Closing system

New Zealand must act with long coming Covid ‘tsunami’

Long-term Covid sufferers could find themselves without support if New Zealand does not act quickly to address the disease, an expert warns.

Dr Anna Brooks, a cell immunologist at the University of Auckland, is leading a long-running, crowd-funded Covid research project.

Long Covid is characterized by a range of symptoms including low energy, shortness of breath, persistent cough, brain fog, low mood, joint pain, muscle weakness, rapid pulse, changes in taste and smell and poor sleep.

The condition was given a formal definition by the World Health Organization (WHO) in October last year.

READ MORE: Mild Covid infection can lead to ‘significant’ brain changes

It then indicated that around 10 to 20% of people are affected by long Covid, where symptoms last three months or more after a Covid-19 infection.

It is however too early to say how long Covid will be worse with an Omicron infection.

Brooks told Q+A that while vaccination rates help with long Covid numbers, Omicron is “a bit of a game changer” as it “slightly escapes” the immune system.

“When people show symptoms of this infection, that tells us that there’s probably this extra layer of long probability of Covid. We just have no idea what percentage that’s going to be.”

Brooks’ research draws on the experiences of around 90 participants who are suffering from the ongoing effects of the virus.

Participants provided blood samples before and after vaccination in an effort to learn more about the cause of the long Covid.

“We know that if we put in the resources to understand the mechanisms of this condition, we can put in place treatments to reverse this condition,” Brooks said.

Some long-term effects of Covid-19 according to the WHO.

The Department of Health announced this week that more practical advice and guidance on a “rehabilitation framework” for long Covid was being developed by an expert advisory group.

However, when asked about Q+A if there was a risk of New Zealand being caught off guard, Brooks said: “There is a risk if we don’t act quickly that people will be left without support. This It’s no secret that our healthcare system is stretched We’re in the middle of the infectious part All of our healthcare journeys are going to be strained People talk about the long Covid as a multi disorder People talk about a long list of specialists that they end up with This is where it gets really difficult, is because it’s a whole body effect.

“I think we could be in trouble if we don’t act quickly to have some kind of national network where people can know where to go, where to look for help and who knows how long those waiting lists may be. It’s really a fair approach to, if you have these symptoms, how soon will you be seen and will your doctor know about it was the strongest feedback I would say Because we absolutely heard people go to their doctor and get great treatment, but that has to be for everyone and that’s what we don’t hear.”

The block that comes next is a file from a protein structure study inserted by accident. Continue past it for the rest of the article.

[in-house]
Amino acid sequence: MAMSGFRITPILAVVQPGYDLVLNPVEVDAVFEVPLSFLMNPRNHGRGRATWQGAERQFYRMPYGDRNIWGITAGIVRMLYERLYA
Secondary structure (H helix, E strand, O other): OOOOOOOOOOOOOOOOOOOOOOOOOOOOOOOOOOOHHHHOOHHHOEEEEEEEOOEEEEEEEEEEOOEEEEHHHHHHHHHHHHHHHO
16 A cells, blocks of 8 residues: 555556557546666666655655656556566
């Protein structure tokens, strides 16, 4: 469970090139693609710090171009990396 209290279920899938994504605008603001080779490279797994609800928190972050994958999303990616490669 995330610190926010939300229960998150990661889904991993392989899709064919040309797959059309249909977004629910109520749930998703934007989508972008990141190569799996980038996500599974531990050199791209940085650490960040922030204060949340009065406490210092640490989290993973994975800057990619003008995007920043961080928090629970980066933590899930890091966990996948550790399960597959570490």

The department is telling people with long-term Covid to seek help from their GP with the management and treatment of their symptoms, but Brooks said many sufferers have been ‘gassed’ or discharged by their doctors.

Brooks said Q+A rehab pathways are important, but they don’t go far enough.

“What I’m hoping to see is that alongside the rehabilitation pathways, there’s innovation going on and talking with us researchers, connecting with all these people who are on the cutting edge, if you want, to understand the research so that we can act very quickly, so once we know what’s going on biologically, those treatment pathways can be integrated. It’s not just about rehabilitation. We know that it there is an opportunity to treat people, but we have to have the ability to do research so that we can help people get back on their feet, so to speak,” she said.

“I guess what we really want to see happen is for this education to happen in a fair way so that all GPs, anyone who sees patients, understands the spectrum of symptoms, because there’s going to be a tsunami of people, even in the early recovery phase, experiencing these symptoms, and it’s not that common to have tachycardia, shortness of breath and all those things after a viral infection.”

Brooks is not alone in her thinking.

Dr Mona Jeffreys, who co-leads the Ministry-funded study Impacts of Covid-19 in Aotearoa at Victoria University of Wellington, told the Science Media Center earlier this month that there was very little support available for long Covid patients in New Zealand.

“Healthcare professionals are woefully misinformed and patients are left without care,” she said.

Jeffreys said guidance is lacking on what people can do to reduce the risk of long Covid.

“I would like everyone to know, the same way we all know how to use masks, wash hands etc, that if you get Covid please rest until all symptoms are gone. At this point, that’s the only measure we know can reduce your risk, other than, of course, getting vaccinated and boosted, to reduce your risk of getting Covid in the first place.

Dr Bronwyn Lennox Thompson, a pain management expert at the University of Otago, told the Science Media Center that people with long-term Covid in New Zealand would likely have “great difficulty” accessing services. rehabilitation.

“Given that the government has placed most of the management of Covid in the hands of primary care GPs, this means that most people who have had Covid for a long time will find it difficult to get the rehabilitation they need. ”